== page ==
INDIANAPOLIS — An exception to the backcourt violation and a clarification regarding specifications of the ball comprise the changes approved for the 2018-19 high school basketball season.
The National Federation of State High School Associations (NFHS) Basketball Rules Committee recommended the changes at its April 9-11 meeting in Indianapolis, and all changes were subsequently approved by the NFHS Board of Directors.
Rule 9-9-1 states that “a player shall not be the first to touch the ball after it has been in team control in the frontcourt, if he/she or a teammate last touched or was touched by the ball in the frontcourt before it went to the backcourt.”
An exception was approved to note that any player who was located in the backcourt may recover a ball that is deflected from the frontcourt by the defense.
Theresia Wynns, NFHS director of sports and officials, said the committee approved the exception to ensure that a team is not unfairly disadvantaged on a deflected pass.
The other change approved by the Basketball Rules Committee involved more clearly defining the cover of the ball in Rule 1-12-1c, which now states that the ball “shall have a deeply-pebbled granulated surface . . .”
Wynns said the term “granulated surface” should provide manufacturers a better idea of what a deeply-pebbled cover should look like.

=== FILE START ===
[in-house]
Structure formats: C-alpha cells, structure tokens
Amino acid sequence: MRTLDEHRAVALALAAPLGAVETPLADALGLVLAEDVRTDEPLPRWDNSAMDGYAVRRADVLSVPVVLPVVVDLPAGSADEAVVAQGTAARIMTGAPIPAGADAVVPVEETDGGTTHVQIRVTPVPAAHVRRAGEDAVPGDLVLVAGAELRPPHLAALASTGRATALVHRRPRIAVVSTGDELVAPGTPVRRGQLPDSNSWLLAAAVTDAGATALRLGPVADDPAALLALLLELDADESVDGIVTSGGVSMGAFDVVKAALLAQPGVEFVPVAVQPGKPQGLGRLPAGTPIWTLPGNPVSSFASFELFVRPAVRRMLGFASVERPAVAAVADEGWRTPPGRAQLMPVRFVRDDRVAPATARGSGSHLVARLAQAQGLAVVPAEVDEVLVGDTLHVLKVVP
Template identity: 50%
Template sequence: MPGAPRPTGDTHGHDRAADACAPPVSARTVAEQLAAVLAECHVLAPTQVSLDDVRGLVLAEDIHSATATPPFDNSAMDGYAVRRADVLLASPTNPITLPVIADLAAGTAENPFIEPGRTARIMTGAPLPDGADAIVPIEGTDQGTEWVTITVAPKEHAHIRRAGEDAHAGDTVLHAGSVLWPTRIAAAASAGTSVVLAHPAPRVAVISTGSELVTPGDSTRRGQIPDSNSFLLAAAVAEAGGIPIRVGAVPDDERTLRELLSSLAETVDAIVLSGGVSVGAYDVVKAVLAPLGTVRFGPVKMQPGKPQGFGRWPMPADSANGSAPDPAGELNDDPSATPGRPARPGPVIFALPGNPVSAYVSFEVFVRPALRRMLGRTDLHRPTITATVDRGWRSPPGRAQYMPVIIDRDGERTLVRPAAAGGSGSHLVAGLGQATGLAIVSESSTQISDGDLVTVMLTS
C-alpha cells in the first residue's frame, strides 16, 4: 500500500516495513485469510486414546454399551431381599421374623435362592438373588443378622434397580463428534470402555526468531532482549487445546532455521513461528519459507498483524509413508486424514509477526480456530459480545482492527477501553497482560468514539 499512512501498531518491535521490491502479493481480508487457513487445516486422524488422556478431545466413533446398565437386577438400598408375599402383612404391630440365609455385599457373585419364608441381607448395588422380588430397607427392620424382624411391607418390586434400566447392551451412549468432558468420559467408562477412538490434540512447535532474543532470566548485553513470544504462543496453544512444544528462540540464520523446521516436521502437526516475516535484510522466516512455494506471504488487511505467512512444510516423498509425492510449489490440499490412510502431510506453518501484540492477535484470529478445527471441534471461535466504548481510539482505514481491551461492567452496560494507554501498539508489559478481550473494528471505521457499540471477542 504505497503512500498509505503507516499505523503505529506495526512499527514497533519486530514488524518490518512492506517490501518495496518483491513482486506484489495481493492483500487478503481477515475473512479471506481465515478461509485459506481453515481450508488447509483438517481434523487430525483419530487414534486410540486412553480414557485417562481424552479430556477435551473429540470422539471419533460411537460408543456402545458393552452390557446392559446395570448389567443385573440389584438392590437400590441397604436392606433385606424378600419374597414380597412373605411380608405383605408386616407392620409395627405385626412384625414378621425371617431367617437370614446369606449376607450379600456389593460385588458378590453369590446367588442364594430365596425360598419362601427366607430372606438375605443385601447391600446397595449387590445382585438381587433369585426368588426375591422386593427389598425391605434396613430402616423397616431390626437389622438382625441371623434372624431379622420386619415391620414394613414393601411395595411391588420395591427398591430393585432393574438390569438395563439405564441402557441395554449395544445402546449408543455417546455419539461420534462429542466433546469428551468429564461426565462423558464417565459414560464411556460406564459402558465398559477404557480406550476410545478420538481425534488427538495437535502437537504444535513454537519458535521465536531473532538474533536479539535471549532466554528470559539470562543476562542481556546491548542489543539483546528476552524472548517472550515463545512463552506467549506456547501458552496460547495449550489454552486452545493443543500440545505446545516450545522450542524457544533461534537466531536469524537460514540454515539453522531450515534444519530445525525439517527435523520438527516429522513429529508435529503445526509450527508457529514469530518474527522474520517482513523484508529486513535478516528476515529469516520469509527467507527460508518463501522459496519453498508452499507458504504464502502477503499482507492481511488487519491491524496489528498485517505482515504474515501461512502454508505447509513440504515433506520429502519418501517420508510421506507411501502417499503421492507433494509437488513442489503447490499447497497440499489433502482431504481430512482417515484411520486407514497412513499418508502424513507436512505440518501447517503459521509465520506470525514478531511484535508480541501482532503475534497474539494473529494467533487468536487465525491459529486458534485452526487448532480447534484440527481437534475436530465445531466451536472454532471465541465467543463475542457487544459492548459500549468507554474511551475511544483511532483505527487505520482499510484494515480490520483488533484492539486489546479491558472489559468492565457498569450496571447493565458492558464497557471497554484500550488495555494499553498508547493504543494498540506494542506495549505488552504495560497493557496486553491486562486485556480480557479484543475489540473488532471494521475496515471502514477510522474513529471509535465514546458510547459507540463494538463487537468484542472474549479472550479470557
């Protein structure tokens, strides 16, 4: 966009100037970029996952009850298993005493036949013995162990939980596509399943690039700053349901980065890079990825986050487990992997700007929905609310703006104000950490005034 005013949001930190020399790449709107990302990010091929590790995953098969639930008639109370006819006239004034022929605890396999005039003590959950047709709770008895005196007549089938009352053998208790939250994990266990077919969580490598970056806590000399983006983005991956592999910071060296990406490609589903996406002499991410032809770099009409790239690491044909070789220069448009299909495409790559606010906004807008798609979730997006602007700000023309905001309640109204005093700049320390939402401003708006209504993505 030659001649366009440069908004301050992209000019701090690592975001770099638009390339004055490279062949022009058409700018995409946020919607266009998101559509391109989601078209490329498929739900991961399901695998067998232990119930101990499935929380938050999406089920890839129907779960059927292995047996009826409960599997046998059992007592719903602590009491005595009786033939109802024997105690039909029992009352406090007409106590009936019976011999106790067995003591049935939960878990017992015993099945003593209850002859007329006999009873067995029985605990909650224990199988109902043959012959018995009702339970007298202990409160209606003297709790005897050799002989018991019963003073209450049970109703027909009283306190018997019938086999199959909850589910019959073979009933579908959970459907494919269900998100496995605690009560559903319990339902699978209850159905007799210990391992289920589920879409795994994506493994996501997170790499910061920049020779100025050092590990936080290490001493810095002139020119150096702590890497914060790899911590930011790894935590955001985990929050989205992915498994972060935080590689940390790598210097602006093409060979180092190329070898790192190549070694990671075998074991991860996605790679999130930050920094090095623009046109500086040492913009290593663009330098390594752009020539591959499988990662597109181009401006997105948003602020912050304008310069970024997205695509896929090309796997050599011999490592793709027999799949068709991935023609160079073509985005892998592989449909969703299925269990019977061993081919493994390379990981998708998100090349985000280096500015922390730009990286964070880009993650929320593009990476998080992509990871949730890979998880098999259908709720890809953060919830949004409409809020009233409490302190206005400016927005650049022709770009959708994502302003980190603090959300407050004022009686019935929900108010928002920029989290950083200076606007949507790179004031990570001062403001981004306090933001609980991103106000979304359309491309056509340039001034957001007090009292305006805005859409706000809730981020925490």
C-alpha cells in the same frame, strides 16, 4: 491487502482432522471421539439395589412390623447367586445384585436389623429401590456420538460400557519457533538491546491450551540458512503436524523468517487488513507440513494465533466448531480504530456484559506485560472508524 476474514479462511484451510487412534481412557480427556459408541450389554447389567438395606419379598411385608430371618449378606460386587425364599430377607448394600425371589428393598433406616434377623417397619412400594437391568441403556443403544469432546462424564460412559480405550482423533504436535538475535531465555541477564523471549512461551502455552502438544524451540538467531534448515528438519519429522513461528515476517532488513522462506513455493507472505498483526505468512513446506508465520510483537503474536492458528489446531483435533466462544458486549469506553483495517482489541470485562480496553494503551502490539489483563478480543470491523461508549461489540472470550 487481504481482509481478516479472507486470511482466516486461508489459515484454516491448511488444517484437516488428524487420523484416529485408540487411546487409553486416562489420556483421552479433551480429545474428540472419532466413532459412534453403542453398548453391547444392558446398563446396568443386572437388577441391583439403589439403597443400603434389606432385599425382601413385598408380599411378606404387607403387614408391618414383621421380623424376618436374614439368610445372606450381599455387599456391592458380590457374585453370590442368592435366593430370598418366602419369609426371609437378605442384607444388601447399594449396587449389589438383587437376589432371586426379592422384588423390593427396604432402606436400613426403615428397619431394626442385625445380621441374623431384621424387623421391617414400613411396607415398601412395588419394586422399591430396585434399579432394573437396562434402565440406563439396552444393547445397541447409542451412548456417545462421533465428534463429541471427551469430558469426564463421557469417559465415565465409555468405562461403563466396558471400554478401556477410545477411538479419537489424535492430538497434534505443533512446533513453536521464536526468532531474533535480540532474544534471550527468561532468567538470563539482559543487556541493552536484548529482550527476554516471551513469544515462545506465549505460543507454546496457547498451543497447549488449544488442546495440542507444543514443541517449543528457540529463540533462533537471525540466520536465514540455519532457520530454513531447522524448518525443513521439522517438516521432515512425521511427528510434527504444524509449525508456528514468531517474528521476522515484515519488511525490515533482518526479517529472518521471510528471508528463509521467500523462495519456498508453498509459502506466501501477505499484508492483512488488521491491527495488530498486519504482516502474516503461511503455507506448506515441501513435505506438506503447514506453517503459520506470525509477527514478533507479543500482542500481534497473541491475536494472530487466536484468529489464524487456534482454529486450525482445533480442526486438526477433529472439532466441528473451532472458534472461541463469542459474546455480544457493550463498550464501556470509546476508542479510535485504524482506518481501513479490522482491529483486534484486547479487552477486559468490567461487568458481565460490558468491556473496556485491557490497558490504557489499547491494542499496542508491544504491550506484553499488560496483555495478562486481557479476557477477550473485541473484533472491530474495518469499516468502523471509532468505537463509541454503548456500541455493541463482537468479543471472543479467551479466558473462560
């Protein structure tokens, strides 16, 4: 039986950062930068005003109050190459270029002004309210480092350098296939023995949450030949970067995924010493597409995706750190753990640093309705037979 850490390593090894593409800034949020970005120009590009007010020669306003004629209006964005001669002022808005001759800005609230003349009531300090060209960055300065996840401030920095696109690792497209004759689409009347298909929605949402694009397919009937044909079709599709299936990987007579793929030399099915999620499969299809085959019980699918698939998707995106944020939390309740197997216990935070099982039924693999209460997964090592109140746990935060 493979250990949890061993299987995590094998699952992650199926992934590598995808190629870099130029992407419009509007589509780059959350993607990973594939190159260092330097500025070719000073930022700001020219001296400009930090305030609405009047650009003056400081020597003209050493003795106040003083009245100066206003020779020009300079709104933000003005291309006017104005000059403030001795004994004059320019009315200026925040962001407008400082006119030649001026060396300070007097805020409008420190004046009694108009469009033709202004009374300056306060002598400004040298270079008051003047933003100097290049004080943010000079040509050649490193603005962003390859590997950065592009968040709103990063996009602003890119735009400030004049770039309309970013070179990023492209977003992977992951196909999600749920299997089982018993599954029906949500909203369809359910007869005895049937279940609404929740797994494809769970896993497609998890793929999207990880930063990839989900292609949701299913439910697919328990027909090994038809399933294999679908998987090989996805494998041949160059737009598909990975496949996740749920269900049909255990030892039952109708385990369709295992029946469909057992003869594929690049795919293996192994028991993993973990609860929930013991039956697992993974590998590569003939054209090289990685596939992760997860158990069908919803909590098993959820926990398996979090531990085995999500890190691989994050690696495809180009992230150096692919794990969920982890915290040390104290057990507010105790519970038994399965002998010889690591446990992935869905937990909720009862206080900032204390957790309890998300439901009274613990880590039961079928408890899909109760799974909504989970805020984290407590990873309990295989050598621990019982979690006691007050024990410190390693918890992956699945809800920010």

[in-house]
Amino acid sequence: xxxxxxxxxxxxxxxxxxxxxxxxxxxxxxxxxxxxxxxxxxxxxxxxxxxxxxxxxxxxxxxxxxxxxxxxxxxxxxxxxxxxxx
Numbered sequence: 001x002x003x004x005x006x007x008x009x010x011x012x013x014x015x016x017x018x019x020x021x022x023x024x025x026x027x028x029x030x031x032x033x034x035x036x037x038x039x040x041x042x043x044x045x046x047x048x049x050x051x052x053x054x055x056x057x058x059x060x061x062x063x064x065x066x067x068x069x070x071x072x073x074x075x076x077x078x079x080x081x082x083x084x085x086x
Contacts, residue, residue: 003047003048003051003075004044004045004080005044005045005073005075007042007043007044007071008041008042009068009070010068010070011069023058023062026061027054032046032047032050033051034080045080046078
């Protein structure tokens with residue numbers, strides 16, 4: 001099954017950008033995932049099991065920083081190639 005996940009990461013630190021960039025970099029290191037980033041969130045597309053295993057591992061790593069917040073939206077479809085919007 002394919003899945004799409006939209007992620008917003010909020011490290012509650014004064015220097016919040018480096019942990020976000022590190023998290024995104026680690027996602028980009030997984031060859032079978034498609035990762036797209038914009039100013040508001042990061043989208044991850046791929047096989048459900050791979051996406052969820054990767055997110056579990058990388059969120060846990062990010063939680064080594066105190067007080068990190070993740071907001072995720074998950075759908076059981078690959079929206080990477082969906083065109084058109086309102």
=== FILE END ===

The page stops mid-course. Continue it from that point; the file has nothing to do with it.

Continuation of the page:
In addition to the two rules changes approved by the committee, several points of emphasis were identified for the coming season, including concussion recognition, proper procedures for blood issues and coaches monitoring injury and research trends.
“The committee wanted to stress continued education in recognizing signs and symptoms of concussions for coaches, athletes, parents and officials,” Wynns said. “In addition, concern of overuse injuries due to sport specialization should be monitored, and recognition of blood on players and uniforms and the proper procedure for removal of blood and return to play are other areas for education.”
Wynns noted that coaches have primary responsibility for making sure players are wearing legal uniforms and are legally equipped. She said emphasis will be given to rule enforcement in the areas of traveling, legal guarding position and establishing possession during loose-ball situations. Lastly, the committee believes officials professionalism and use of proper terminology should be emphasized.
“Overall, the committee believes the rules of the sport are in great shape. These changes provide more clarification in areas where there has been inconsistency in interpretation and will help manufacturers in producing basketballs that meet NFHS specifications,” said Francine Martin, NFHS Basketball Rules Committee chair and assistant executive director of the Kansas State High School Activities Association. “The committee evaluated input from the NFHS basketball rules questionnaire, which is available for all coaches and officials to complete and provide input for future rules changes during the meeting. The points of emphasis are geared toward sports medicine issues and consistent interpretation of playing rules.”
A complete listing of all rules changes is available on the NFHS website at www.nfhs.org. Click on “Activities & Sports” at the top of the home page and select “Basketball.”
Basketball ranks third in popularity for both boys and girls with 550,305 male participants and 430,368 female participants, according to the 2017-18 NFHS Athletics Participation Survey.